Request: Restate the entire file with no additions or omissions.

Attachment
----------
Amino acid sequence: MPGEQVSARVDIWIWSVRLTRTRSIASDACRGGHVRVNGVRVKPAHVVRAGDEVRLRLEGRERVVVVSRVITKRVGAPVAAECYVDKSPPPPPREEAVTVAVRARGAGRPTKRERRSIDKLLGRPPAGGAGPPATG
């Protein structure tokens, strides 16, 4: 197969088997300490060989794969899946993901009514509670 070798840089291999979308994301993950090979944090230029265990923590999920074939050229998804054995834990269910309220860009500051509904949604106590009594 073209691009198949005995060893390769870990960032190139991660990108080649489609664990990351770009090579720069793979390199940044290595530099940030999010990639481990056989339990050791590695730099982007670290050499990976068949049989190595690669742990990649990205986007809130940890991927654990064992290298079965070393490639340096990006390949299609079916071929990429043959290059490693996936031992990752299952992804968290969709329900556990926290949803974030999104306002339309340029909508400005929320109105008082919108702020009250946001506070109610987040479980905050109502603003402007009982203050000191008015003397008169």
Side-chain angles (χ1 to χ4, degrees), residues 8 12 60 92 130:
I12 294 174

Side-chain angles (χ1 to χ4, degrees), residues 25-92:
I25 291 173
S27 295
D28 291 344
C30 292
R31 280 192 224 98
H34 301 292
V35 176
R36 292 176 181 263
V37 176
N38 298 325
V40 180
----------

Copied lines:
Amino acid sequence: MPGEQVSARVDIWIWSVRLTRTRSIASDACRGGHVRVNGVRVKPAHVVRAGDEVRLRLEGRERVVVVSRVITKRVGAPVAAECYVDKSPPPPPREEAVTVAVRARGAGRPTKRERRSIDKLLGRPPAGGAGPPATG
């Protein structure tokens, strides 16, 4: 197969088997300490060989794969899946993901009514509670 070798840089291999979308994301993950090979944090230029265990923590999920074939050229998804054995834990269910309220860009500051509904949604106590009594 073209691009198949005995060893390769870990960032190139991660990108080649489609664990990351770009090579720069793979390199940044290595530099940030999010990639481990056989339990050791590695730099982007670290050499990976068949049989190595690669742990990649990205986007809130940890991927654990064992290298079965070393490639340096990006390949299609079916071929990429043959290059490693996936031992990752299952992804968290969709329900556990926290949803974030999104306002339309340029909508400005929320109105008082919108702020009250946001506070109610987040479980905050109502603003402007009982203050000191008015003397008169």
Side-chain angles (χ1 to χ4, degrees), residues 8 12 60 92 130:
I12 294 174

Side-chain angles (χ1 to χ4, degrees), residues 25-92:
I25 291 173
S27 295
D28 291 344
C30 292
R31 280 192 224 98
H34 301 292
V35 176
R36 292 176 181 263
V37 176
N38 298 325
V40 180